(The Lee Strasberg Notes reproduces the original teachings...)
The Lee Strasberg Notes reproduces the original teachings of a unique voice in actor training, for the very first time. It is a stunning document in the history and ongoing practice of Strasberg’s Method. Compiled and edited by Lola Cohen, the book is based on unpublished transcripts of Strasberg’s own classes on acting, directing and Shakespeare. It recreates his theoretical approach, as well as the practical exercises used by his students, and brilliantly conveys his approach and personality. The book features Strasberg’s teachings on: • Training and exercises • Characters and scenes • Directing and the Method • Shakespeare and Stanislavski • The theater, acting and actors. Including a Preface by Anna Strasberg and a Foreword by Martin Sheen, this illuminating book brings the reader closer to Strasberg’s own methods than any other, making it a phenomenal resource for students, actors, and directors.
Lee Strasberg was a Polish-born American actor, director, and theatre practitioner. He was born in a part of Galicia, Austrian Poland, in what is now Ukraine. He co founded, with directors Harold Clurman and Cheryl Crawford, the Group Theatre in 1931, which was hailed as "America's first true theatrical collective".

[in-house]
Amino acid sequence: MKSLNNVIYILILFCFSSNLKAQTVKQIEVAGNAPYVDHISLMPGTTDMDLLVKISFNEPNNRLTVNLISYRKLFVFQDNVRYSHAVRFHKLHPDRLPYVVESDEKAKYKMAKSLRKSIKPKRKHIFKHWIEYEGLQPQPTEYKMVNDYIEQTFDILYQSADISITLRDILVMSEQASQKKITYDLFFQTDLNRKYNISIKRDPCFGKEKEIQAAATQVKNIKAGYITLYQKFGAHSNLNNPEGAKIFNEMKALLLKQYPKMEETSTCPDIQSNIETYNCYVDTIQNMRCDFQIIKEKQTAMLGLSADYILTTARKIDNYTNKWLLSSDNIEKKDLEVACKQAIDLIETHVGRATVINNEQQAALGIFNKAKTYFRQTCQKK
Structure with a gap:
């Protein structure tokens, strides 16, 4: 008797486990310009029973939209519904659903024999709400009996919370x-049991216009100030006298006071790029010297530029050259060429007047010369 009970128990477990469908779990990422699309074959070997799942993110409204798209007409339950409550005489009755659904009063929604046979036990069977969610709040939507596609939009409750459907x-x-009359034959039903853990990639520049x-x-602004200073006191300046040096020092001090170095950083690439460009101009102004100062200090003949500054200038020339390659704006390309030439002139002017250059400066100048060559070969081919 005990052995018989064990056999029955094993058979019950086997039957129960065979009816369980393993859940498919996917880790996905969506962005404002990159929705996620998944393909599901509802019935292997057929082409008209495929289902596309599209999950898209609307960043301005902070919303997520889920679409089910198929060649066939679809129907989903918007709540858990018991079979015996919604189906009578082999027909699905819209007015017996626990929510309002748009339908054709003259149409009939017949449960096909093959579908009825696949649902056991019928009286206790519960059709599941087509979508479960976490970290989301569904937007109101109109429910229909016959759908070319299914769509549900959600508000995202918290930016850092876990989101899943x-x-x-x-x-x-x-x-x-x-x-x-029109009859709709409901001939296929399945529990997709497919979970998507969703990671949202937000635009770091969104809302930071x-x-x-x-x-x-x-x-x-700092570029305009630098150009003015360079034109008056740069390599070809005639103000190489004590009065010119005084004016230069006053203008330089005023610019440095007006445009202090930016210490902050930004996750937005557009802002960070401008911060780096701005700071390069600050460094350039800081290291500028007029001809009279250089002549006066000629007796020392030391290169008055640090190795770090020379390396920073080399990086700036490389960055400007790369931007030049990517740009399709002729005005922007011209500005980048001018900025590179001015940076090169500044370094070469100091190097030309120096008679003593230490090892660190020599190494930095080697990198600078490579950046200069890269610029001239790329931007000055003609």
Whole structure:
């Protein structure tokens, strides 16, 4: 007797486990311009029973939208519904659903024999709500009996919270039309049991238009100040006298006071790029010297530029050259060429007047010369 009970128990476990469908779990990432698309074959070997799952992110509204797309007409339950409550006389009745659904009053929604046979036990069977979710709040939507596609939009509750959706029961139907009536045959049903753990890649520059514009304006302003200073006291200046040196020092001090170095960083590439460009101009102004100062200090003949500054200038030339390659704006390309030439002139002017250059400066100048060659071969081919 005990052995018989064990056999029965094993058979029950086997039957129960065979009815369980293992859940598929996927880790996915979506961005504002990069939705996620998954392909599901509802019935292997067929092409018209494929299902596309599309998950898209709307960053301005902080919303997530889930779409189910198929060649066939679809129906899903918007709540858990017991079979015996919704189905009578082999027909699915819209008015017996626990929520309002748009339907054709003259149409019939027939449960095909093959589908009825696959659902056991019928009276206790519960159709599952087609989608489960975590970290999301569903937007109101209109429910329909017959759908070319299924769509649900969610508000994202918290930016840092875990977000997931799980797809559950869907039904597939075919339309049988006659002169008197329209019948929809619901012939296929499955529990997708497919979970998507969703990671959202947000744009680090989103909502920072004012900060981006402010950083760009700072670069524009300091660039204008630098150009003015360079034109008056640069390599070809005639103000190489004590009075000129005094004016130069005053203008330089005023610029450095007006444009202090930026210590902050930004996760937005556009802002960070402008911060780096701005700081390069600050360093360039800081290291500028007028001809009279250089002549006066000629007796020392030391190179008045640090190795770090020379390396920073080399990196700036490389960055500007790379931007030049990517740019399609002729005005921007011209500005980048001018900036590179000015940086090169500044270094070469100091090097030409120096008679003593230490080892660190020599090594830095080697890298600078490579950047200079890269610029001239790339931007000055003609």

Lee Strasberg was born Israel Strassberg in Budzanów in Austrian Poland (part of Austria-Hungary, now in Ukraine), to Jewish parents, Baruch Meyer Strassberg and his wife, Ida (born Chaia), née Diner, and was the youngest of three sons. His father emigrated to New York while his family remained in their home village with an uncle, a rabbinical teacher. His father, who worked as a presser in the garment industry, sent first for his eldest son and his daughter. Finally, enough money was saved to bring over his wife and his two remaining sons. In 1909, the family was reunited on Manhattan's Lower East Side, where they lived until the early '20s. Young Strasberg took refuge in voracious reading and the companionship of his older brother, Zalmon, whose death in the 1918 influenza epidemic was so traumatic for the young Strasberg that, despite being a straight-A student, he dropped out of high school.